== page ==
- Get students to set goals that are in depth and SMART (specific, measurable, attainable, realistic, time sensitive) to outline their aspirations this year.
- Introduce students to a virtual learning environment to gauge compatibility.
Incorporate these teaching practices for 2018 and you’ll be beating those post-holiday blues in no time. Make it your aim this year to modernize and inspire, both yourself and your learners, to make 2018 an amazing year.
The closer we get to Christmas, the less motivated students become as they start to get distracted by the holidays, their plans and switch off their brains. This makes it particularly hard for teachers to plan engaging lessons that actually teach anything because the focus just isn’t there. With that in mind we have come up with some pre-holiday classroom activities and ideas to motivate and encourage your learners’ participation until the final day of term.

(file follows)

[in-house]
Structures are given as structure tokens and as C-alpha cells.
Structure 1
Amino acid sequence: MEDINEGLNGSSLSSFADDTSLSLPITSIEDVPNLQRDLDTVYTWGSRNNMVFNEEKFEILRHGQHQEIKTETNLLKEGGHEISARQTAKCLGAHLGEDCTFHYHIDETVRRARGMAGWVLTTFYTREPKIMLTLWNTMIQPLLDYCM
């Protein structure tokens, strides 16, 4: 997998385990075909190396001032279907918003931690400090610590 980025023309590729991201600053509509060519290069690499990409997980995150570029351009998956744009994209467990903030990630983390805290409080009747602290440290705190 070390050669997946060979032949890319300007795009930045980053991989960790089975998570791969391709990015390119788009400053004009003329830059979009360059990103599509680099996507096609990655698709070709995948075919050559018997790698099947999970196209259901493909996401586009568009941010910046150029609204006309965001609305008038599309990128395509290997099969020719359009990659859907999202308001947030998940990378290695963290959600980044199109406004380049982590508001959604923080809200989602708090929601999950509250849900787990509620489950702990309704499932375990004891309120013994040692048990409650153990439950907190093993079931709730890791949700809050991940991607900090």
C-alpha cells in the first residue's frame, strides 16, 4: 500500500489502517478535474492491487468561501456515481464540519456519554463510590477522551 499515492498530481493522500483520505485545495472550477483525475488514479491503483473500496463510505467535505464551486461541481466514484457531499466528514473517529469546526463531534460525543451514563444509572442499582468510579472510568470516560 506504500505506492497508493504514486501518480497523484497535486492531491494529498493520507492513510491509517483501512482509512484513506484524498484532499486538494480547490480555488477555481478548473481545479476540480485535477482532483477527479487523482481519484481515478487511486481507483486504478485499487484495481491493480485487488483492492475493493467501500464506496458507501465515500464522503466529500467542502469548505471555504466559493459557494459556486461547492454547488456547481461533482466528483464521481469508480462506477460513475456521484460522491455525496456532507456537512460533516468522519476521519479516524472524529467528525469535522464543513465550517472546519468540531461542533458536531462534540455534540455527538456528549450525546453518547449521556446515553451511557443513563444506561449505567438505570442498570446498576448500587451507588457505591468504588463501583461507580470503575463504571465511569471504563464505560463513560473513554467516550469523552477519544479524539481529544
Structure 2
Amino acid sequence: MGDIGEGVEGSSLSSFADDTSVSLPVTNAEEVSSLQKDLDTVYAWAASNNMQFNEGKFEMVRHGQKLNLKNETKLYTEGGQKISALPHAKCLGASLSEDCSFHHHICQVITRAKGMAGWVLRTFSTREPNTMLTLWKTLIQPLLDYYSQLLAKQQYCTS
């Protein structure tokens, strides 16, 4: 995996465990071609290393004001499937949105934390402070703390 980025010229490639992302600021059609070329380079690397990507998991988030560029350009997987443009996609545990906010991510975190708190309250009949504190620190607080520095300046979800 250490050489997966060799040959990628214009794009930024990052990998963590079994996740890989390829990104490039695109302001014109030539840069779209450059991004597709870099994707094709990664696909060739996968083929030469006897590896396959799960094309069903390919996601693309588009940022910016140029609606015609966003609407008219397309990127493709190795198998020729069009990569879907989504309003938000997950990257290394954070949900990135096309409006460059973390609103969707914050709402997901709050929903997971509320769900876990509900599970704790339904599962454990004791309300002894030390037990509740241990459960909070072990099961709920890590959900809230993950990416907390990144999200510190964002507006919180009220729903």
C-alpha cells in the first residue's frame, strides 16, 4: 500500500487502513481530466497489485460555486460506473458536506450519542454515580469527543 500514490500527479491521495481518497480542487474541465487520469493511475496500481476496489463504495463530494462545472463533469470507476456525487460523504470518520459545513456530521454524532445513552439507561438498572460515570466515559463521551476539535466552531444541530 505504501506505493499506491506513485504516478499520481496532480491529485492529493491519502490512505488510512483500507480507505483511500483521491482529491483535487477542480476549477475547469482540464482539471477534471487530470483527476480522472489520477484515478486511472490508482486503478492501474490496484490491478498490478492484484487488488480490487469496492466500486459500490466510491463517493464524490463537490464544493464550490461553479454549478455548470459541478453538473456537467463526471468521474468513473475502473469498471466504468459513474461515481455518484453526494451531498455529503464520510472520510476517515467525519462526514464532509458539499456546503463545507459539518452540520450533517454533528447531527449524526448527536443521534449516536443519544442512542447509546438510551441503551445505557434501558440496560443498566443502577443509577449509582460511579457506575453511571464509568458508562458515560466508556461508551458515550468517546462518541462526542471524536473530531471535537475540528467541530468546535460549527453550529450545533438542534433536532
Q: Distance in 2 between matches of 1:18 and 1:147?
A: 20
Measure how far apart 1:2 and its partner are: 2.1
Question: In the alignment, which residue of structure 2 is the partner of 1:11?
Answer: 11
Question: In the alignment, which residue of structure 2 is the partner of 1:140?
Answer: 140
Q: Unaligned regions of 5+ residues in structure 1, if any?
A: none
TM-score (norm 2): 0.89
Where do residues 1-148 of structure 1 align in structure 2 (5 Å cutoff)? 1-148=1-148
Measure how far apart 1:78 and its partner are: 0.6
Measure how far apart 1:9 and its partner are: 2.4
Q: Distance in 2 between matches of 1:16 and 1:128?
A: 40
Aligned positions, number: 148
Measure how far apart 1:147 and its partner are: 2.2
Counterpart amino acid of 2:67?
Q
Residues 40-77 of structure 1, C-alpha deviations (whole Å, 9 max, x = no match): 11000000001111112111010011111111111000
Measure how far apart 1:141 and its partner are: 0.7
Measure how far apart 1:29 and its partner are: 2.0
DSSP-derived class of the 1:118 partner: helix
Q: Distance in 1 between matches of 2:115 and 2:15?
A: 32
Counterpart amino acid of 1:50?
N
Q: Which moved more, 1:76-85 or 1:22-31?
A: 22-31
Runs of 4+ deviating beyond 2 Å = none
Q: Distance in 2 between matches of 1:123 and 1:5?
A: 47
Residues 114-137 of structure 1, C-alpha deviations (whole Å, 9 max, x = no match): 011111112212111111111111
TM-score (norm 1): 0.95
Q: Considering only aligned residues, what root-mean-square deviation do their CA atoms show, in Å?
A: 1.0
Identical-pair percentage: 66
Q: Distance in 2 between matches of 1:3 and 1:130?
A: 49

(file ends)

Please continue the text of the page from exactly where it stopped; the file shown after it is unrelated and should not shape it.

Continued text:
Acknowledge The Holidays
Many teachers feel that if they create an area that doesn’t acknowledge the holidays then it will feel like every day work, however this isn’t the case and often has the opposite effect by creating FOMO in students. While you shouldn’t feel too much pressure to create massive lighting designs for your classroom, some decorations or mementos go a long way to acknowledging the time of year and showing that you can incorporate this into your learning.
Go Festive But Relevant
Don’t fall into the trap of making all the tasks Christmas activities for students for the sake of it. While incorporating the holiday and time of year can make content more interesting you need to ensure it is still relevant to your curriculum, for example if you’re working on script writing, set the task of writing a winning Christmas movie script so that the underlying work is still going towards the end goals once the Christmas period is over.